Six months later, the “opinionated,” outspoken, and often censored teenager was murdered, three weeks before her 19th birthday. Drug traffickers in small-town Waverly, IA, are the primary suspects. Local police officers launched a smear campaign loaded with red herrings, rumors, character assassinations, and cover-ups.
6-member strike force to aid agencies in rural drug-busting By David Yepsen and Paul Leavitt Oct. 12, 1975 5A
Saying “all indications are that there is an increasing drug problem, especially in the rural areas” of Iowa, the state director of narcotics and drug enforcement announced last week the formation of a six-member “strike force” to aid local law enforcement agencies in rural drug-busting efforts. The agents will work out of offices in six Iowa cities: Sioux City, Council Bluffs. Des Moines, Mason City, Burlington and Davenport to provide, them easy access to rural areas. G. Hank Mayer, the director of the narcotics unit, said the agency recently obtained a $225,000 grant from the Iowa Crime Commission to finance the force.
Iowa Cold Cases Jody Ewing says December 13, 2014 at 12:54 am Julie was such a beautiful and talented young woman, and I’m certain there are still people out there who know exactly who’s responsible. They may hide (sometimes in plain sight), but at least we can serve as a regular reminder that these victims’ lives will not be forgotten and their unsolved cases won’t eventually just “quietly go away.” For many of these killers, the day will come when they get that dreaded knock on the door. I like to think of the wall plaque that hung on Warden Norton’s office wall (from Shawshank Redemption) proclaiming, “His judgment cometh, and that right soon.” The one(s) who “cometh,” however, will be bearing handcuffs and an arrest warrant.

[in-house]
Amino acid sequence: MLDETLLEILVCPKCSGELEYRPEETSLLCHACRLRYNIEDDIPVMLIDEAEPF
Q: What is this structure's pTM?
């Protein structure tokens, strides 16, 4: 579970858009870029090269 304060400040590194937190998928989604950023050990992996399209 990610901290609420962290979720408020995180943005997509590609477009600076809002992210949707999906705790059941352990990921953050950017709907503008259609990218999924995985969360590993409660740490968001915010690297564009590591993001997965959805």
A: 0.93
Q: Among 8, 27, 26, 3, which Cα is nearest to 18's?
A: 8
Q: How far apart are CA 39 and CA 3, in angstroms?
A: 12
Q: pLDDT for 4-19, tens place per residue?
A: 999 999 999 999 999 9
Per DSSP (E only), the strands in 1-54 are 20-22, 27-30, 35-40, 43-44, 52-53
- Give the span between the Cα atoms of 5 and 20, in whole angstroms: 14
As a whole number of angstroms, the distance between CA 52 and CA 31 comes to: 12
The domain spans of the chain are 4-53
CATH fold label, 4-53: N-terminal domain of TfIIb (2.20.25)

Case # 76-00382 – Homicide
Julia “Julie” Ann Benning age 18
Disappeared From: Waverly, IA | Bremer County | Body Found in: Shell Rock, IA
Investigating Agencies: Federal Bureau of Investigation and
Iowa Division of Criminal Investigation
Date of Death: November 28, 1975 | Body Recovered: March 18, 1976
Like roadside trash, her body was disposed of in a culvert, under a gravel road like the one shown here, a mere six miles from home. Spring rains washed her out into a ditch, where a road grader operator spotted a muddy body stripped of all clothing and all dignity.Here, a gravel road Julie walked; here, the lone nephew and three of the seven nieces she never met. Life goes on. Julie lives on in our memories but it’s like the epitaph for a WWI soldier at the cemetery where Julie is buried:
A loved one from us has gone,
A voice we loved is stilled;
An empty place is in our homes
That never can be filled.
HOW YOU CAN HELP: Anyone with information about Julia Benning’s unsolved murder is asked to contact contact Special Agent Jon Moeller at the Federal Bureau of Investigation at 712-258-1920. “Gone Cold,” a series of stories exploring Iowa’s unsolved murders, the Des Moines Register